Monday, 30th October 2017

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Is your password safe? Find out

Google says that it has over 4 billion compromised usernames and passwords

  • Published 3.03.19, 5:54 PM
  • Updated 3.03.19, 5:54 PM
  • 2 mins read
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Installing Google’s Password Checkup extension is very important if one uses Chrome as his/her primary browser. Shutterstock

If you use Chrome as your primary browser, be sure to install Google’s Password Checkup extension because your credentials may have already found its way into the database of hackers due to the frequent breaches that have taken place in the recent past.

Google says that it has over 4 billion compromised usernames and passwords. Every time you log in to your account on a website, the extension will alert you if your password is safe or not.

To get this extension, go to https://chrome.google.com/webstore. Search for Password Checkup. Be sure that the extension that shows up in the result is the one offered by Google. Click on the “Add to Chrome” button. A green icon will sit on your Chrome address bar on the top right. You will get automatic alerts if you use a compromised password.

You can check by going to a website that requires you to log in. Click on the Password Checkup icon and you should ideally get a message saying “None of your recently used passwords was detected in a data breach”.

Google takes extra care with sites where you use the Google username and password. In case an attacker hacks your Google account, Google does Cross Account Protection and makes sure that your privacy is protected in the process. Google will send a message that a security breach has happened and notify the app or website.

Yes, there are other sites to check up on your account such as https://haveibeenpwned.com, but having the browser extension automatically doing it for you is a much better option.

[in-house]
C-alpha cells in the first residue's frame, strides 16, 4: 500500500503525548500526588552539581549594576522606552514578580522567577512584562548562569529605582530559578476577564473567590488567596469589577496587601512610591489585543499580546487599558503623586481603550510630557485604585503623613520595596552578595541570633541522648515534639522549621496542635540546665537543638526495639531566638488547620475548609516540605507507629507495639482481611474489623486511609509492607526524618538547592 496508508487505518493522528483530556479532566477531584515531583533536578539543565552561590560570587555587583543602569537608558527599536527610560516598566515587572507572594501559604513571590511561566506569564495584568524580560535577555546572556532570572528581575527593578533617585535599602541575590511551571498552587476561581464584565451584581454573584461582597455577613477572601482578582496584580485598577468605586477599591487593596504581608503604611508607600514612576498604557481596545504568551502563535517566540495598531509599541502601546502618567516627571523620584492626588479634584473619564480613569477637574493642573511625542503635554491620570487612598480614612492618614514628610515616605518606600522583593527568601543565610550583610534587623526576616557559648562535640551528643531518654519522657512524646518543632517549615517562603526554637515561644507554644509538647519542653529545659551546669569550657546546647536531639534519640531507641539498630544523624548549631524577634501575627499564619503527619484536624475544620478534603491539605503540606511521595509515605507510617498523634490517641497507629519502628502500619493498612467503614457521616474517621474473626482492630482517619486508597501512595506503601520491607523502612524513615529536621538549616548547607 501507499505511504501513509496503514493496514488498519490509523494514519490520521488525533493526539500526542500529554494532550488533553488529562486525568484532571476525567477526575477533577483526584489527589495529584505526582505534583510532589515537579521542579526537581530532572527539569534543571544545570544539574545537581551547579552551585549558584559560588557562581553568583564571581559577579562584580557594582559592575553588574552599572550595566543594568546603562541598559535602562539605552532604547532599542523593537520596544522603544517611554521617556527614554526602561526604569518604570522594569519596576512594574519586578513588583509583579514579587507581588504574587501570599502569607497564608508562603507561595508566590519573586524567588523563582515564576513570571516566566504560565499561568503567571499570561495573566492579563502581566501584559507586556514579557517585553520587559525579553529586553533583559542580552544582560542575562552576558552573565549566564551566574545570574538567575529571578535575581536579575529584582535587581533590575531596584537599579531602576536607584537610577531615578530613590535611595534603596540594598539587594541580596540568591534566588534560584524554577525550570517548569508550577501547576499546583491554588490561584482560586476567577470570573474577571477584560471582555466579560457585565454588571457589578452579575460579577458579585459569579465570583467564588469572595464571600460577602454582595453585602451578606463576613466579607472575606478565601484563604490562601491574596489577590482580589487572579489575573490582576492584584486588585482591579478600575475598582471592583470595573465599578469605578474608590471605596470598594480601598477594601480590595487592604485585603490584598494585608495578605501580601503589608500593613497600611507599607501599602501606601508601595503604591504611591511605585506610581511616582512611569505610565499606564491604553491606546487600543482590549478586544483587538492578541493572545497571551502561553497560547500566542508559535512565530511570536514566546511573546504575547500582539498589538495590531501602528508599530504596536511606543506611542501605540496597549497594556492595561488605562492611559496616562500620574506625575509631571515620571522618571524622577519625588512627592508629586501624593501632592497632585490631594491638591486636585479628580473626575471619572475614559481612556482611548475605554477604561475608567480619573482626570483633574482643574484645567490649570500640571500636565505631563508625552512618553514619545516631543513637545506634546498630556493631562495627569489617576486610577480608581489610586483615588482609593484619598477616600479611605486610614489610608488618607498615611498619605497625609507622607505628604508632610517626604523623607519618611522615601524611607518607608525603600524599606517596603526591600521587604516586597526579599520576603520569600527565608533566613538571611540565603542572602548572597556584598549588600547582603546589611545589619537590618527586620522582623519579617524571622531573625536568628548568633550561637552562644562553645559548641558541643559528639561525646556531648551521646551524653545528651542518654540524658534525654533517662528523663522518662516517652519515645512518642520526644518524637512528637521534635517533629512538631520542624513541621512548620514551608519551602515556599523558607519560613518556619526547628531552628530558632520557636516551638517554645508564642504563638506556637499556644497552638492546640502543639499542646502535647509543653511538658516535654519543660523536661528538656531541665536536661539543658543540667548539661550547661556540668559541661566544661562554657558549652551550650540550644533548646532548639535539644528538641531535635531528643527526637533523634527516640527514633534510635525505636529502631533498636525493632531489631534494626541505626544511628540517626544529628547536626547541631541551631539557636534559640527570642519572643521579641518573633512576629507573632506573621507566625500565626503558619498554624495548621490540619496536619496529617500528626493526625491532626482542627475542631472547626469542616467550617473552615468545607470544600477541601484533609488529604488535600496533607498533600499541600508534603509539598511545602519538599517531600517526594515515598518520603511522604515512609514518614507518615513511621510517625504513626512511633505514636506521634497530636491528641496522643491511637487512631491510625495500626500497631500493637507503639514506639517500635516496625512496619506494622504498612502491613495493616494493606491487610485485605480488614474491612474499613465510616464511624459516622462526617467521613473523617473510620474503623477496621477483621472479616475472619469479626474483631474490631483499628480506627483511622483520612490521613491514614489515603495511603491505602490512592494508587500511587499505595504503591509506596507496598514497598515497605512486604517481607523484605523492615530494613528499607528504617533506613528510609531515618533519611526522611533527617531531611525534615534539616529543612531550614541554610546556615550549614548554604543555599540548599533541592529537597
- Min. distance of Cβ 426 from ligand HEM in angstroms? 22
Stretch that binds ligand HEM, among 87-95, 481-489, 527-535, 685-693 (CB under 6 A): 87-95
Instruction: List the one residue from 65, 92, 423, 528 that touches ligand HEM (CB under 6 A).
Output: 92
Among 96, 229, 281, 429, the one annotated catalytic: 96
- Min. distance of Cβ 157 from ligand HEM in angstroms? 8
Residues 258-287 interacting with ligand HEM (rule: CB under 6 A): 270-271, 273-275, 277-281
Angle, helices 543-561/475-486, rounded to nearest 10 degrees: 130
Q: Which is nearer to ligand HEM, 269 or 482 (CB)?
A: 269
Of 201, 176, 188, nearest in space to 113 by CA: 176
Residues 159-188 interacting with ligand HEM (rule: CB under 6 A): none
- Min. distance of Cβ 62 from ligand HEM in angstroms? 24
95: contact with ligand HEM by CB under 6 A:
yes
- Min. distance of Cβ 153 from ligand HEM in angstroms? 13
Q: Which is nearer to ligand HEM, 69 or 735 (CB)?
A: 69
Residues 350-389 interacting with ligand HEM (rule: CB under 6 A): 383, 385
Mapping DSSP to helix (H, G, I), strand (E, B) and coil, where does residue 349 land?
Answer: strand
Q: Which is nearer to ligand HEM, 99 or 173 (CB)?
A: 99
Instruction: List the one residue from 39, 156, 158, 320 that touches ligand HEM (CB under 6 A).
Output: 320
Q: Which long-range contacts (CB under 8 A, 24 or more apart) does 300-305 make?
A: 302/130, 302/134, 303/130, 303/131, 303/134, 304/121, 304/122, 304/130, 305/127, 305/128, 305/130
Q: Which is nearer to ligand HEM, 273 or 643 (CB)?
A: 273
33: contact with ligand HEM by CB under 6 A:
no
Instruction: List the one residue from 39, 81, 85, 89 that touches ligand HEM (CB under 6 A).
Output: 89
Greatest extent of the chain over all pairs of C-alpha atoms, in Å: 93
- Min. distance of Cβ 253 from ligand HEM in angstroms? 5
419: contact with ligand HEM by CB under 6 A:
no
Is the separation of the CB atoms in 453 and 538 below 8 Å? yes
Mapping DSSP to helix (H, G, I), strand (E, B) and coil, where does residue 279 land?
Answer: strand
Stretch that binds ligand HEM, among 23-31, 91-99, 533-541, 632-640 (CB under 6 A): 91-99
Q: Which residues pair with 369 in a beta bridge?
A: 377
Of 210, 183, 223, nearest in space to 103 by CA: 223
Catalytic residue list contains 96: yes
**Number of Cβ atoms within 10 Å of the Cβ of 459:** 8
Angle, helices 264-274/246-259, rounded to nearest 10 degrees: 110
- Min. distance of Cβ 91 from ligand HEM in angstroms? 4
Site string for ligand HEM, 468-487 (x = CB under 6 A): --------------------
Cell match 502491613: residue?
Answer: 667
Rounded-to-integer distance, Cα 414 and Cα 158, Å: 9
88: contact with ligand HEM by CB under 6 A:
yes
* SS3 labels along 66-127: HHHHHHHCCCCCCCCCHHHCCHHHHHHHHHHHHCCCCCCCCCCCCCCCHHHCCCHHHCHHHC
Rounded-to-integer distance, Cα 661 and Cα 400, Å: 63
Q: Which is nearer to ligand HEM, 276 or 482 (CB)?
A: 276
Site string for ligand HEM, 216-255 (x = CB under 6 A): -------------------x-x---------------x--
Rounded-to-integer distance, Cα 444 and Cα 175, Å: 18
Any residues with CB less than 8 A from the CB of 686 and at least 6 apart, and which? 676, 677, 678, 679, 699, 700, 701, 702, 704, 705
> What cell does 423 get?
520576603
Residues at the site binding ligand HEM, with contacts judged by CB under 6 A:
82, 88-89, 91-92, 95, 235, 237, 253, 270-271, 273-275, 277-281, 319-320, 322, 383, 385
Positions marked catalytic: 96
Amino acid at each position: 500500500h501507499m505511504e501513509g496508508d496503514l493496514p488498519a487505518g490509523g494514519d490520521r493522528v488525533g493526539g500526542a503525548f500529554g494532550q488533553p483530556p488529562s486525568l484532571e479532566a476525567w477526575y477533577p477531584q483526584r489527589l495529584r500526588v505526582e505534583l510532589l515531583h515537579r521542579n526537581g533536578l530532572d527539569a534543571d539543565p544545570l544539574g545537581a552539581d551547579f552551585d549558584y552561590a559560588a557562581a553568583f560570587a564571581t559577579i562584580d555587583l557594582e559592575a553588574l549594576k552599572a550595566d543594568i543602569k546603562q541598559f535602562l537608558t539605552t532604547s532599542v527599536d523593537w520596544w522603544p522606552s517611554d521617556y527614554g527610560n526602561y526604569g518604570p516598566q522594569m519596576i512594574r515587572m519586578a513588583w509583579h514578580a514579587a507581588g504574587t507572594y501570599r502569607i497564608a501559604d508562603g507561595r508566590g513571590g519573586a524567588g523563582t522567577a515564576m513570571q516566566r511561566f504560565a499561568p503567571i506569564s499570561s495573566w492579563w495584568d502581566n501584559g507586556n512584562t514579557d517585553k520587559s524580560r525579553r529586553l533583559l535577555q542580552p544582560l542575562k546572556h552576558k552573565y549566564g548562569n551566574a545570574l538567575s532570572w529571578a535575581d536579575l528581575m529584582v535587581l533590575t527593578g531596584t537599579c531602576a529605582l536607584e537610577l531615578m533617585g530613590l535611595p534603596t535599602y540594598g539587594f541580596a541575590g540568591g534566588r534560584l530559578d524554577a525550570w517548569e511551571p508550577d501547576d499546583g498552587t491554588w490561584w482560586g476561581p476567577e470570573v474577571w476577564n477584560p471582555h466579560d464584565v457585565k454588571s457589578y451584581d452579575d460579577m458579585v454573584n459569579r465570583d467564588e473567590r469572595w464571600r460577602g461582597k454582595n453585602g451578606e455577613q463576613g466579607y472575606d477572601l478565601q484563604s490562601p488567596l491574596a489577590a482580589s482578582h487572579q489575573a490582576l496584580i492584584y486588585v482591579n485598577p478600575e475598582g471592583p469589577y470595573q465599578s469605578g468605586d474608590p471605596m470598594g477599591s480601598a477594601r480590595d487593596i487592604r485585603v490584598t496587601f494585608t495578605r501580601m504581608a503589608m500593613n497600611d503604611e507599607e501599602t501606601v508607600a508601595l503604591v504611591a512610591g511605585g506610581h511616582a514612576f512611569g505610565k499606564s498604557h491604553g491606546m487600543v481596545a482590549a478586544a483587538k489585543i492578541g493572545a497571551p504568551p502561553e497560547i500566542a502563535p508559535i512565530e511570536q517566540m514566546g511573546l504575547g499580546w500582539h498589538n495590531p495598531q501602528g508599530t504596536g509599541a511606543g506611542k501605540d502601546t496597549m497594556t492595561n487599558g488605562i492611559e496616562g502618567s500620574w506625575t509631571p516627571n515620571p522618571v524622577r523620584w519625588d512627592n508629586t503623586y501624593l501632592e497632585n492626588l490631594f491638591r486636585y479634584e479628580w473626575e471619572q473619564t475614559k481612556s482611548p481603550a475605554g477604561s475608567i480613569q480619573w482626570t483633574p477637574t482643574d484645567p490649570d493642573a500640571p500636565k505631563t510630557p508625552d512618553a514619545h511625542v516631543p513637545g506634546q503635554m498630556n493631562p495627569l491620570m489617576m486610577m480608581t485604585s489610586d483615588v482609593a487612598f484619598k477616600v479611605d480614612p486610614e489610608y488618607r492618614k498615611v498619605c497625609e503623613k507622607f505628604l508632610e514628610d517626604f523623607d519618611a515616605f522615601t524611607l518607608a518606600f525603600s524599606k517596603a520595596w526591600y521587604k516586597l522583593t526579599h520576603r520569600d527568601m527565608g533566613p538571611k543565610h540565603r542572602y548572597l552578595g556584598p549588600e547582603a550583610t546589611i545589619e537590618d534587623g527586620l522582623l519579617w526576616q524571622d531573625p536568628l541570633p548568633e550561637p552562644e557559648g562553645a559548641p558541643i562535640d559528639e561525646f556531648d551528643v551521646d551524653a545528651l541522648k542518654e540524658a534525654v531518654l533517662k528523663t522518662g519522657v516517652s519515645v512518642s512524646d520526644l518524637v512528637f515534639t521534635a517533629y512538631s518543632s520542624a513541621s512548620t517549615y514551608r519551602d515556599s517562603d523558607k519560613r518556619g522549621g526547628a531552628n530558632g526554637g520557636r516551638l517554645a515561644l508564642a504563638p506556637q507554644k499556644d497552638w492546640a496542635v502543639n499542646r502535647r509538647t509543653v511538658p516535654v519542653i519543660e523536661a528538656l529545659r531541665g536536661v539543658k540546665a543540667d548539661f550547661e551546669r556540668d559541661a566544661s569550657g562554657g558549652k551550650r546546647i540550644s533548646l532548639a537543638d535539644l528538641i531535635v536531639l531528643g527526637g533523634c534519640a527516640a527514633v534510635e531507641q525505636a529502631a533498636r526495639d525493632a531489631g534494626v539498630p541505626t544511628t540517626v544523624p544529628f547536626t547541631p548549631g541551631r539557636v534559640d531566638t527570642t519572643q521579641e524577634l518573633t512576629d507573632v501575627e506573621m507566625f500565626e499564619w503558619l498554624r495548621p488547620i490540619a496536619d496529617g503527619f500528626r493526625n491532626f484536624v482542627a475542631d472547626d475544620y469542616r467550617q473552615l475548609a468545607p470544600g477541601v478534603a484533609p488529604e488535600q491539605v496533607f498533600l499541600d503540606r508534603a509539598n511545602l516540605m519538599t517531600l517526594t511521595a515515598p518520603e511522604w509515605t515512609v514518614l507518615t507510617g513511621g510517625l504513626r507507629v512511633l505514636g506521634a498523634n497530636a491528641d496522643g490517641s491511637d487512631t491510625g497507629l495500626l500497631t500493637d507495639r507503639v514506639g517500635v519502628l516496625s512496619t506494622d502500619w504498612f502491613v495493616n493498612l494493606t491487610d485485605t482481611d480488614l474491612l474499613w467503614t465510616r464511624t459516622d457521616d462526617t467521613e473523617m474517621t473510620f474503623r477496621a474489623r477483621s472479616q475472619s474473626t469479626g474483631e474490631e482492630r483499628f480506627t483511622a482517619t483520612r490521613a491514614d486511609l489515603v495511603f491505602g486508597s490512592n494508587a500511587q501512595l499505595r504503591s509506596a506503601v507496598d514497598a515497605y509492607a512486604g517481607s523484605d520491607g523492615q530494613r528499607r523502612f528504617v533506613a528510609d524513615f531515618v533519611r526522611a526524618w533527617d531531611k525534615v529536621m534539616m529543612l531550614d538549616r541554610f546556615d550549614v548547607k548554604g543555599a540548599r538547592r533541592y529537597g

Now, you may not trust a big monopoly like Google with all your passwords, but the company says it “never reveals this personal information”. Any data reported back to Google about the extension’s use is anonymous.

Firefox users should try Firefox Monitor that essentially does the same thing but is not an extension. Go to https://monitor.firefox.com and sign up for its alerts. You will be told when your online account has been leaked or a data breach has occurred in the websites you visit.

Language Learning

Another fun extension is Language Learning with Netflix or LLN. With this Chrome extension, you can learn a foreign language in no time. You can even use it to learn to speak and use English as a native speaker. Learning English or other languages using this method has several advantages, the main one being you can grasp the cultural nuances.

Get the LLN extension from the Chrome Web Store by going to https://chrome.google.com/webstore. This too will sit on the address bar on the top right-hand corner. It is a round, red speck with LLN inscribed on it. Click on it and a menu will drop down. Choose “catalogue” from the menu. This will take you to the LLN catalogue page. The titles listed there will work well with the extension for studying languages with Netflix.

Netflix usually has good subtitles for the original language and the catalogue lists titles by their original language. You should also select the country where Netflix detects you are located. Unfortunately, all titles are not available in all countries.

You need to select a movie that you won’t mind watching over and over again. First, watch the whole movie to get the gist of the story. Divide the movie into segments of say 10 minutes each. Keep a notebook handy as you watch the segments and take down words and phrases. The extension helps you by greying out certain words and bringing others into prominence. It also slows down the transition of subtitles. There is also a pop-up dictionary to give you the meaning of words and phrases as you go along.